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Fibrin Stiffness Regulates Phenotypic Plasticity of Metastatic Breast Cancer Cells

Updated: Jan 24

Maria Heilala, Arttu Lehtonen, Ossi Arasalo, Aino Peura, Juho Pokki, Olli Ikkala, Nonappa, Juha S Klefström, Pauliina M. Munne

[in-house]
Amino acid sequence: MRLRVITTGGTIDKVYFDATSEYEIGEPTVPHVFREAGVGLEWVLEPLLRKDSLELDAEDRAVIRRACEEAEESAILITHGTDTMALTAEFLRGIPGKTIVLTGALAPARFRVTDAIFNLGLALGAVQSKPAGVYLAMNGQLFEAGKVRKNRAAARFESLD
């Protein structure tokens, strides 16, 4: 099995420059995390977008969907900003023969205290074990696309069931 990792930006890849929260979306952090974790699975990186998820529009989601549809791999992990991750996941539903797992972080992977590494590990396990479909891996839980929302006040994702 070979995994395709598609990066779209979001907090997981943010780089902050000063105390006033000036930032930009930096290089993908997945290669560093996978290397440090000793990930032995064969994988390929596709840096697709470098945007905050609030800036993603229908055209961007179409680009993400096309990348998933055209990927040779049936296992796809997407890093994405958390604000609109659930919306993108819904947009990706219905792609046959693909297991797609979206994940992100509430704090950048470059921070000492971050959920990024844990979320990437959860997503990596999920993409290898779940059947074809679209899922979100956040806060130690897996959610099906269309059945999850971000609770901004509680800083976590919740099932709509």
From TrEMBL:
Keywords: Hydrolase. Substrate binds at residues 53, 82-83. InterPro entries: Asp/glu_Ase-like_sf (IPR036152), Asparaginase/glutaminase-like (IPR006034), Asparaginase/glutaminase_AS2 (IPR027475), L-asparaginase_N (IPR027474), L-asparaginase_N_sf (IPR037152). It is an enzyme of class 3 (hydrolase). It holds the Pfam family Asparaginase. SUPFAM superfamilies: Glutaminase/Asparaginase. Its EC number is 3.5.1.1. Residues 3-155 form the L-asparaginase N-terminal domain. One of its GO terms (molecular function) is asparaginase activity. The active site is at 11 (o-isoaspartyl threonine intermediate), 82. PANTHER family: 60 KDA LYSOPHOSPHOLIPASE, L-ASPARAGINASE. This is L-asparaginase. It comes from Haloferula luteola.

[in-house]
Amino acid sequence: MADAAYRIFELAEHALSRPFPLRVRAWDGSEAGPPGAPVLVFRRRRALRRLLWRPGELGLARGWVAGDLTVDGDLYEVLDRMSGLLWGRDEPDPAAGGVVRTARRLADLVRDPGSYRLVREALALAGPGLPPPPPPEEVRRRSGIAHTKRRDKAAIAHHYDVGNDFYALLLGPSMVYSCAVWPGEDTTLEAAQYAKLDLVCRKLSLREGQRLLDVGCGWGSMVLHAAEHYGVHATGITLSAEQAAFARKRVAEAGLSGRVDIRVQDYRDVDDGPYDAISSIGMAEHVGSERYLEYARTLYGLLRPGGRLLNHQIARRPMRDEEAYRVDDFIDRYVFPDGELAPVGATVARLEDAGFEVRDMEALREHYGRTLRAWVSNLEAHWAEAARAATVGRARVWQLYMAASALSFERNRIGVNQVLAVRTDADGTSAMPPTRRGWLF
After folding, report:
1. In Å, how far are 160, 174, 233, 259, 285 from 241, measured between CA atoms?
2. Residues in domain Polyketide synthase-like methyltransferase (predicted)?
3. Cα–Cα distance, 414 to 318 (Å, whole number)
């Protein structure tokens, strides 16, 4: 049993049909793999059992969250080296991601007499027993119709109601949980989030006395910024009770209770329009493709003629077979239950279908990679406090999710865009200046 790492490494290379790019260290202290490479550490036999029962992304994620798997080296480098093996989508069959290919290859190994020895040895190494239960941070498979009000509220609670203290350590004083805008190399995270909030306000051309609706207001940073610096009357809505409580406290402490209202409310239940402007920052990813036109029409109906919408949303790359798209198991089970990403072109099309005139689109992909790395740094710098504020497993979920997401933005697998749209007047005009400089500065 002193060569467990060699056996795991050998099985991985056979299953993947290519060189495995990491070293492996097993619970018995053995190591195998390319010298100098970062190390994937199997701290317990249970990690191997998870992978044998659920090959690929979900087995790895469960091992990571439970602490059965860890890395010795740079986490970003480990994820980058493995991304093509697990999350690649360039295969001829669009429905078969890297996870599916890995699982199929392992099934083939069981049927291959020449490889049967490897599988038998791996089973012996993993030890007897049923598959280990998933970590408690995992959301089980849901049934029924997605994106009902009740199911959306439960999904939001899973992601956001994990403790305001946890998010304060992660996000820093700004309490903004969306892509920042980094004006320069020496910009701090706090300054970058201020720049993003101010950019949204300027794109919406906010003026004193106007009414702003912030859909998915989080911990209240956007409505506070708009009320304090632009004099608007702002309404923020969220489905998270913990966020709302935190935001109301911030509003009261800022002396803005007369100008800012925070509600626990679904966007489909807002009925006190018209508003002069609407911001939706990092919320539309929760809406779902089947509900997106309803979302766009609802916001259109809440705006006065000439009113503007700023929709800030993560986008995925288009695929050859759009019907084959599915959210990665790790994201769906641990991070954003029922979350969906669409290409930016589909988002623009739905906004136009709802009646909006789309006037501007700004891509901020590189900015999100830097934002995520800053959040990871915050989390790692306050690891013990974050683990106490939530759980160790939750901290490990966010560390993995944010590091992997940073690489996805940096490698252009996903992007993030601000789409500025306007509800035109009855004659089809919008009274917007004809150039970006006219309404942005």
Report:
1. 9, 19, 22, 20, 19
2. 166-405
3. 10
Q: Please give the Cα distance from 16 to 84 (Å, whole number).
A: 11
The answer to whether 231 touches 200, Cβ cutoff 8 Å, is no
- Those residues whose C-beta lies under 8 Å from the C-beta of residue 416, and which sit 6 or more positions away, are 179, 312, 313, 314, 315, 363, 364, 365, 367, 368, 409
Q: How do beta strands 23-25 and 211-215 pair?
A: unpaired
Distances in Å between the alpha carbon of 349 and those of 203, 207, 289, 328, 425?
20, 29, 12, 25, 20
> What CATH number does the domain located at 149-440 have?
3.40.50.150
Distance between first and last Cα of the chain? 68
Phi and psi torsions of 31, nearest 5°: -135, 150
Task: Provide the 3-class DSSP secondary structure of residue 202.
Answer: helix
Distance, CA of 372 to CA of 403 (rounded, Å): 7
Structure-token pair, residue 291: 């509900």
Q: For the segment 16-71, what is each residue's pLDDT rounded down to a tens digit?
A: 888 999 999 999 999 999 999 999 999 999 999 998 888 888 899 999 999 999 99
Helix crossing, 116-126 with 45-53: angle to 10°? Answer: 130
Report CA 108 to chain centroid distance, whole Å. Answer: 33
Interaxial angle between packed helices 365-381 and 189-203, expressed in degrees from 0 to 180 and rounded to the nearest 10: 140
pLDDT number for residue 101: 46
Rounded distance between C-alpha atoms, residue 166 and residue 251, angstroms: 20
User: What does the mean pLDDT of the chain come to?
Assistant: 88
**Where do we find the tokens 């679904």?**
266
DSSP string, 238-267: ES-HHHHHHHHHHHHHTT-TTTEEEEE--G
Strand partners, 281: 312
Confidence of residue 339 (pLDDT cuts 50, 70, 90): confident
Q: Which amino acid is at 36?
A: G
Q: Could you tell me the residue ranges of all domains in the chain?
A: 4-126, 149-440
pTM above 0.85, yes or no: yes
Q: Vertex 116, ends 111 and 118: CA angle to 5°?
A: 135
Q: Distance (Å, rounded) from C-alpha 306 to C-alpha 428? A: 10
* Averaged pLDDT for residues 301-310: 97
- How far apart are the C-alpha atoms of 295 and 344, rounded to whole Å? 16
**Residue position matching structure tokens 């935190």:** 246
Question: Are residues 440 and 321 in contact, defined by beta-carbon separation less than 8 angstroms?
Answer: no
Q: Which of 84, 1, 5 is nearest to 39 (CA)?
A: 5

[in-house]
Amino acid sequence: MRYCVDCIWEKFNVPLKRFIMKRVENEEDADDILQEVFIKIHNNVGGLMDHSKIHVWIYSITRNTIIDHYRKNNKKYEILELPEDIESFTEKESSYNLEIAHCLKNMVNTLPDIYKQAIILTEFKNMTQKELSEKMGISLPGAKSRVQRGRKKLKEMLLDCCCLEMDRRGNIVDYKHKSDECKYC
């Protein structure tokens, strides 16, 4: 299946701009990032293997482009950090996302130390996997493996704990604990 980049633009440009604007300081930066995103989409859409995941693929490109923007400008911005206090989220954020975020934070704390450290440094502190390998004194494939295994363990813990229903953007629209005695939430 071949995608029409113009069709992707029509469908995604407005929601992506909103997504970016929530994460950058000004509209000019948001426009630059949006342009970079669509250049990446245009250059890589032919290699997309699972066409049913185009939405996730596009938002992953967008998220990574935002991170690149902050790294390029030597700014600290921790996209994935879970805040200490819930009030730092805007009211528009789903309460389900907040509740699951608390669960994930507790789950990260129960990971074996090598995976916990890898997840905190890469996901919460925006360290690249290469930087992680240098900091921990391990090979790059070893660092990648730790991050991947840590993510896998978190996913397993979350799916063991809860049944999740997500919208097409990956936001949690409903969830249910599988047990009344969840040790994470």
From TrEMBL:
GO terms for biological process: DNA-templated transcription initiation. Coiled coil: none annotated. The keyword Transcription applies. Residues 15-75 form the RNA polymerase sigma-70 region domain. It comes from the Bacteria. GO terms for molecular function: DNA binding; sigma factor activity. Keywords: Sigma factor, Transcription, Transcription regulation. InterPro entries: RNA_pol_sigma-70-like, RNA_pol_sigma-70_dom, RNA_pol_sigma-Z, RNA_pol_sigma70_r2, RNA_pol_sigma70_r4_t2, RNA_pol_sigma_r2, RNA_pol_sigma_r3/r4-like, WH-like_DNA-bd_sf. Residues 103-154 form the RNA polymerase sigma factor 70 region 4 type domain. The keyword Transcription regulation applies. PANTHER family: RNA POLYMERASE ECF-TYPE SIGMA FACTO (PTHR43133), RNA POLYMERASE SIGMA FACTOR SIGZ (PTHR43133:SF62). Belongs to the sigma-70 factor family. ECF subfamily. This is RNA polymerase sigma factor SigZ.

Abstract: The extracellular matrix (ECM)-regulated phenotypic plasticity is crucial for metastatic progression of triple negative breast cancer (TNBC). While ECM faithful cell-based models are available for in situ and invasive tumors, such as cell aggregate cultures in reconstituted basement membrane and in collagenous gels, there are no ECM faithful models for metastatic circulating tumor cells (CTCs). Such models are essential to represent the stage of metastasis where clinical relevance and therapeutic opportunities are significant. Here, CTC-like DU4475 TNBC cells are cultured in mechanically tunable 3D fibrin hydrogels. This is motivated, as in circulation fibrin aids CTC survival by forming a protective coating reducing shear stress and immune cell-mediated cytotoxicity and promotes several stages of late metastatic processes at the interface between circulation and tissue. This work shows that fibrin hydrogels support DU4475 cell growth, resulting in spheroid formation. Furthermore, increasing fibrin stiffness from 57 to 175 Pa leads to highly motile, actin and tubulin containing cellular protrusions, which are associated with specific cell morphology and gene expression patterns that markedly differ from basement membrane or suspension cultures. Thus, mechanically tunable fibrin gels reveal specific matrix-based regulation of TNBC cell phenotype and offer scaffolds for CTC-like cells with better mechano-biological properties than liquid.


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